This is a nurse-led service, headed by Nurse Consultant Professor Christine Norton PhD MA RN. We have a team of specialist nurses and physiotherapists who manage patients with a range of functional gastrointestinal disorders, including faecal incontinence and constipation as the two largest groups. We have 700-800 new referrals each year and 70-80% of patients report improved symptoms, with lasting effect for the majority (Chiotakakou-Faliakou 1998; Norton & Kamm 1999). The nurses and physiotherapists work within a multidisciplinary team and patients can be discussed with, or referred to a gastroenterologist, colorectal surgeon, counsellor, psychologist, psychotherapist, dietician and other nurse specialists if indicated. Regular clinical supervision and audit of case decisions is undertaken by the Nurse Consultant and a Consultant Gastroenterologist. However, we do expect that referring doctors have considered possible bowel pathology and investigated patients appropriately prior to referral for biofeedback.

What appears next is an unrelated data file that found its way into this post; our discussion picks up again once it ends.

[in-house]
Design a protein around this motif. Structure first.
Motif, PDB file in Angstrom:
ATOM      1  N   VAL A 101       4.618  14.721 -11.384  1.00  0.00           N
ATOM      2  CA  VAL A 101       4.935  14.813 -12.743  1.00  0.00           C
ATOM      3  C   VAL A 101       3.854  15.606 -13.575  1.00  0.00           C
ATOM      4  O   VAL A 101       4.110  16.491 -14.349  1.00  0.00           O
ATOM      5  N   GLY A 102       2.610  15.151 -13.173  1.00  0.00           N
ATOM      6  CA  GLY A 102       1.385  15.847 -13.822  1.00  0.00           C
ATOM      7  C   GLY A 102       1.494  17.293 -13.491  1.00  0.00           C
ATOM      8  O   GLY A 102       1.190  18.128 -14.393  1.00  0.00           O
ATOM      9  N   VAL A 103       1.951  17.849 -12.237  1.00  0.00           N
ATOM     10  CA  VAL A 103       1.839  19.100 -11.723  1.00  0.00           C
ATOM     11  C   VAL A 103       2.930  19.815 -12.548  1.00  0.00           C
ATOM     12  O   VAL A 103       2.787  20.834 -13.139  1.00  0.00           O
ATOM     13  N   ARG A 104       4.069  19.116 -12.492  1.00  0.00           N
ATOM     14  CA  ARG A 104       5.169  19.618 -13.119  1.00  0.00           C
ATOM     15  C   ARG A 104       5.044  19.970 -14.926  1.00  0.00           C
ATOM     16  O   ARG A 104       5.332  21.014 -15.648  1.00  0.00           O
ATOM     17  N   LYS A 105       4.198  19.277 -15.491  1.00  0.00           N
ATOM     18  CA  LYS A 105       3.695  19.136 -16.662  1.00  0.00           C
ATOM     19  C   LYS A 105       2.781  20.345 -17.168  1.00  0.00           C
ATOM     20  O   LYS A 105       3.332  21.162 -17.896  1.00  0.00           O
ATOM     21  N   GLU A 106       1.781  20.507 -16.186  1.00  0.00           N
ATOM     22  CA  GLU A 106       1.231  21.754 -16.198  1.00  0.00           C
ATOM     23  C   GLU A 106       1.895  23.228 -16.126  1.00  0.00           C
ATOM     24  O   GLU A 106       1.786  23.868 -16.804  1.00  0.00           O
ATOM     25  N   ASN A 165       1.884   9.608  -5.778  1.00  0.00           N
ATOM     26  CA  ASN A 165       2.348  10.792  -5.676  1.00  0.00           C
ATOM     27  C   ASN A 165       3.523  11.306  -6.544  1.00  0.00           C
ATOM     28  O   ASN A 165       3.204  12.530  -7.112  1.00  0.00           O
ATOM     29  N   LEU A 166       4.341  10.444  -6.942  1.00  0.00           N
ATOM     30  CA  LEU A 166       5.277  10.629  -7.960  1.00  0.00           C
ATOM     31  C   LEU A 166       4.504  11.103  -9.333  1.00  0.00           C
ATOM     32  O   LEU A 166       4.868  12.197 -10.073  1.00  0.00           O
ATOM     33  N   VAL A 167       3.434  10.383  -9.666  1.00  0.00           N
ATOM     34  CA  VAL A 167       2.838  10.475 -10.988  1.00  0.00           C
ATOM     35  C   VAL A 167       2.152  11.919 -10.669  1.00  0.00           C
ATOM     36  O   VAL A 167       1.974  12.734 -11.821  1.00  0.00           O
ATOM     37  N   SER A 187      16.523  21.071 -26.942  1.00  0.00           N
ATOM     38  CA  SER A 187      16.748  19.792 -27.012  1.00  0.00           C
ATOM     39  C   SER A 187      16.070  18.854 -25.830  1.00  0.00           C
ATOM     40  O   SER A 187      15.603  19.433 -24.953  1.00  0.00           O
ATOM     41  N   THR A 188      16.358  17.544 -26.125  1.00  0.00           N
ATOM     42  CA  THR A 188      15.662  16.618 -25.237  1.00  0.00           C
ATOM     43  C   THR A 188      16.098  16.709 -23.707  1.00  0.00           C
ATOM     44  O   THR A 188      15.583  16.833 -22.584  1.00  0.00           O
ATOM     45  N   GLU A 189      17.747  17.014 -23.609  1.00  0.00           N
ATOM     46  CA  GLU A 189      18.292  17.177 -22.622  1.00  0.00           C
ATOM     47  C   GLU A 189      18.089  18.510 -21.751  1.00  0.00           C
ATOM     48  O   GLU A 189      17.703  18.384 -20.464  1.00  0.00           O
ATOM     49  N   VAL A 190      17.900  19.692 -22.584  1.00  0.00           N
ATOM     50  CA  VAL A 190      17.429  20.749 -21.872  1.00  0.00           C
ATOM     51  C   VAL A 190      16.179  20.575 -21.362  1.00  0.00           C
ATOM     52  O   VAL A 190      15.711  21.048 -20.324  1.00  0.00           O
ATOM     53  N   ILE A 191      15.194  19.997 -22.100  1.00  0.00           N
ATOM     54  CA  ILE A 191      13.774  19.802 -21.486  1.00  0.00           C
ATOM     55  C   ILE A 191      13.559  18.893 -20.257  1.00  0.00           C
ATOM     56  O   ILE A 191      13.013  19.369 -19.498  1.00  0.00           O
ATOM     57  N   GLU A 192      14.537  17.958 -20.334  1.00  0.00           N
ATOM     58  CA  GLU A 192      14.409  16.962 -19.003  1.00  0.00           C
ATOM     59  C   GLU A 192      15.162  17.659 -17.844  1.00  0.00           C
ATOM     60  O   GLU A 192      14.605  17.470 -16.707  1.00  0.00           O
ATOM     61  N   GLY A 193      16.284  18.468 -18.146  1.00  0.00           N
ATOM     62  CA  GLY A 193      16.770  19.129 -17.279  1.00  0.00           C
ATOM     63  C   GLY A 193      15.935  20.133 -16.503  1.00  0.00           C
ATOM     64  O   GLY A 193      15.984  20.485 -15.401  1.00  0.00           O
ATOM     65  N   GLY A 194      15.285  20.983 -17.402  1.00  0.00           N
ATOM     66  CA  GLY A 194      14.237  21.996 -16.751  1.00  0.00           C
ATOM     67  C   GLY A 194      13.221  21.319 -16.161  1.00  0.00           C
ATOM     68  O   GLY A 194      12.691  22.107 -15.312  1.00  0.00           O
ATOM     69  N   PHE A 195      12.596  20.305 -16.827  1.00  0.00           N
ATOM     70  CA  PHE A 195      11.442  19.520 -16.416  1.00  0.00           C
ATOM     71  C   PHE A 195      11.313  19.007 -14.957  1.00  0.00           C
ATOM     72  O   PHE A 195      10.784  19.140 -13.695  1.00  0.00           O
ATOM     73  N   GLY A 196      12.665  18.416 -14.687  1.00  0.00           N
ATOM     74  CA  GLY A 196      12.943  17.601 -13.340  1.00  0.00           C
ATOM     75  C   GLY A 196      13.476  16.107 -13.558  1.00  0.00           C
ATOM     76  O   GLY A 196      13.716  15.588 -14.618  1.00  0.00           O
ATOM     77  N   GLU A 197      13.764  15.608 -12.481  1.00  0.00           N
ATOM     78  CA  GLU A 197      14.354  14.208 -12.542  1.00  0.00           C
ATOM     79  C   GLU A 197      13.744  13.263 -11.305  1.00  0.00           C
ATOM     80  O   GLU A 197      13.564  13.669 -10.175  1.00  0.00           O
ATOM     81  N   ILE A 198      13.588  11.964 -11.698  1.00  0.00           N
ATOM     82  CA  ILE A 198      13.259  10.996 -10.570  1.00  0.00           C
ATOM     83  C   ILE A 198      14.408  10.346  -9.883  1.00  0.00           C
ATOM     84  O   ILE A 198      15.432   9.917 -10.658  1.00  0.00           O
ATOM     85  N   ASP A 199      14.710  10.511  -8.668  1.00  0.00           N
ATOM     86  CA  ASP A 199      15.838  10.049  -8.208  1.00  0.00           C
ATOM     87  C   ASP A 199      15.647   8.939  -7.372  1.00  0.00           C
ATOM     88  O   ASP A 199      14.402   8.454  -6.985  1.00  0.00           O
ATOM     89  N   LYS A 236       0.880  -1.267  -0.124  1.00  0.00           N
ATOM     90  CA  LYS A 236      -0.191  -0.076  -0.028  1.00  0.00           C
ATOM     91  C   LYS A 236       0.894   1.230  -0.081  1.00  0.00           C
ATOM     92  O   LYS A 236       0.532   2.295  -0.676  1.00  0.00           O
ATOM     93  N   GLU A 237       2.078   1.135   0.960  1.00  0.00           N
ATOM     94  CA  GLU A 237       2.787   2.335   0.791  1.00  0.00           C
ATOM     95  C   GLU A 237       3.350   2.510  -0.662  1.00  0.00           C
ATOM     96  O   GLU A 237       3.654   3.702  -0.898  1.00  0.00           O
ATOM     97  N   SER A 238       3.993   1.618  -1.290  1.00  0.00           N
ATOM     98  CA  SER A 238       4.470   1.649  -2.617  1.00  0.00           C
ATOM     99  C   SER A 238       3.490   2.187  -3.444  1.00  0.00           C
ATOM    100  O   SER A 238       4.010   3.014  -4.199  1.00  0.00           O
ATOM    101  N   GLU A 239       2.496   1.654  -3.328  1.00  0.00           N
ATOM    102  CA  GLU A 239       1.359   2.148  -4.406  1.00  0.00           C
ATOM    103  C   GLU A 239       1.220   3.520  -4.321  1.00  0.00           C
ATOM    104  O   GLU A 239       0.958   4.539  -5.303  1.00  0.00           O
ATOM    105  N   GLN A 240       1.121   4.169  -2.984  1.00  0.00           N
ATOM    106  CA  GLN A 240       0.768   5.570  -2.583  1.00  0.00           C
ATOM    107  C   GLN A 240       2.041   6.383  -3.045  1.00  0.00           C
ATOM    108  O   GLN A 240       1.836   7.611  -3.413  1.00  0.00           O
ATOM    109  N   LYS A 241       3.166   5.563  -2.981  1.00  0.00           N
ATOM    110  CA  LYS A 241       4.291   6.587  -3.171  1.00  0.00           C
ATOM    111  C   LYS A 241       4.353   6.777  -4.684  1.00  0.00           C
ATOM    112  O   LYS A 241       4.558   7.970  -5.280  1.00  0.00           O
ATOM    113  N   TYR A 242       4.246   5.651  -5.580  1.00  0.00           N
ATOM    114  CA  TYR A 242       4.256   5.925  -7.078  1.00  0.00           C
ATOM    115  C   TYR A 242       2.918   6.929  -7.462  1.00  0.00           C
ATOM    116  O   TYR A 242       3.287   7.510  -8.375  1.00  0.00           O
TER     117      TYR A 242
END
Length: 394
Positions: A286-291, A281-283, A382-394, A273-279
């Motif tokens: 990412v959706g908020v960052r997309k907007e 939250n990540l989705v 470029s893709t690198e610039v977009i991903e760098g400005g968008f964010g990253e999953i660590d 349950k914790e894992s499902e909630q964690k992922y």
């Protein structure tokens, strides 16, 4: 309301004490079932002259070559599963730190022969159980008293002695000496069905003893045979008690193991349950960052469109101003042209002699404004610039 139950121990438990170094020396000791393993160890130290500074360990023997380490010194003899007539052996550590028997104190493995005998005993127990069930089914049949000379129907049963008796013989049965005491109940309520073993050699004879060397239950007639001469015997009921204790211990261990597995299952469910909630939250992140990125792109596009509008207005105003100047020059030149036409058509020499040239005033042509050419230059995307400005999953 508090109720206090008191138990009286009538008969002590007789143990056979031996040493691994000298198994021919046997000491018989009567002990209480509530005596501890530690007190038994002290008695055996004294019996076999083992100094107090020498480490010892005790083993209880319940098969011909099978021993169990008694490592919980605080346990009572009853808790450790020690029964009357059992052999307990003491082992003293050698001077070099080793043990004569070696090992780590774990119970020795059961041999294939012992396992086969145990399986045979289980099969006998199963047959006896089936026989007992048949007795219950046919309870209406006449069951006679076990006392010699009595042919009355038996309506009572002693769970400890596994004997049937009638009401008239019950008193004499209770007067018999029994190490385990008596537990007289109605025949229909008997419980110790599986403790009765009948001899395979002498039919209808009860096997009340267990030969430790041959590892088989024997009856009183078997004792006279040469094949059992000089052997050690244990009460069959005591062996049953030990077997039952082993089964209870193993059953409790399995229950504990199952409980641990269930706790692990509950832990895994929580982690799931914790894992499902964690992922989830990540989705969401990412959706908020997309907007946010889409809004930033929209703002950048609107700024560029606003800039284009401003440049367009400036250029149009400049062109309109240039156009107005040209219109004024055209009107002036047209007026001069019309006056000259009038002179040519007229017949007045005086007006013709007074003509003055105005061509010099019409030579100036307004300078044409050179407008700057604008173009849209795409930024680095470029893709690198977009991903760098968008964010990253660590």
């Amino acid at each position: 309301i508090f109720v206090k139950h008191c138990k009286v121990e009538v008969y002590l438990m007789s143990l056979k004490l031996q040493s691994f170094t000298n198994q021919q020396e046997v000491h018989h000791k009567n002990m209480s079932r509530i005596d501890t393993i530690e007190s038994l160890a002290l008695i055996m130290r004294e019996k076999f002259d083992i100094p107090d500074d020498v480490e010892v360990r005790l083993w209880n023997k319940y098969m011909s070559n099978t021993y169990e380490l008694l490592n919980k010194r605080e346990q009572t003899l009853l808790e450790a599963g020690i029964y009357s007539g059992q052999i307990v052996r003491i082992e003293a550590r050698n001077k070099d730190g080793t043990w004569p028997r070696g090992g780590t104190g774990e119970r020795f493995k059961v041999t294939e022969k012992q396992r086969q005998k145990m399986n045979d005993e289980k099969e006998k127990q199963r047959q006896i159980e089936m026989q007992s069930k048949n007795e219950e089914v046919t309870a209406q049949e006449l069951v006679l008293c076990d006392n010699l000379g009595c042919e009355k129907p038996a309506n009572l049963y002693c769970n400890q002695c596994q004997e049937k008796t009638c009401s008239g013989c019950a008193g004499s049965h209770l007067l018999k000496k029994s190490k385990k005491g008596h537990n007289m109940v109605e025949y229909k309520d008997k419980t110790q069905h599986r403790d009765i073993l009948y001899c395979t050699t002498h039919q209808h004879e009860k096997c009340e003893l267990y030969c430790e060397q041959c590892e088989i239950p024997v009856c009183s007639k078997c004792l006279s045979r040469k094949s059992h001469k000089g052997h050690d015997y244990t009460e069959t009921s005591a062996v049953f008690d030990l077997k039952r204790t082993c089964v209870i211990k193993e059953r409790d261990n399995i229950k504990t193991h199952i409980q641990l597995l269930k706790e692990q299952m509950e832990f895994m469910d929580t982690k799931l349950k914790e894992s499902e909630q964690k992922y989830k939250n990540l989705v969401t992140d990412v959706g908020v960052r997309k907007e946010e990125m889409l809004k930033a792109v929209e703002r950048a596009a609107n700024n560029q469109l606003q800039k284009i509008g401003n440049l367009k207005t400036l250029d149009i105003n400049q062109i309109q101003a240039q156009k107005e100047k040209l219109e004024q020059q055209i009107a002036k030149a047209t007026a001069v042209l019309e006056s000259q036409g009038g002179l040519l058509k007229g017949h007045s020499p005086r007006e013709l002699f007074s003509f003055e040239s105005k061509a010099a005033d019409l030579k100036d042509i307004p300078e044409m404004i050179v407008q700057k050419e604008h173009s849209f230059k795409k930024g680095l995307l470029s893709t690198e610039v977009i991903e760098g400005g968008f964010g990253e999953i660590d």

Patients are posted a symptom questionnaire and bowel diary to complete and bring to the first appointment. Initially, each patient will have a one hour assessment interview initially. Biofeedback offers patients an individualised package of care: they are assessed and seen for 4-5 appointments at 4-6 weekly intervals with ongoing care from the same therapist. The team work flexible hours in order to accommodate most patients.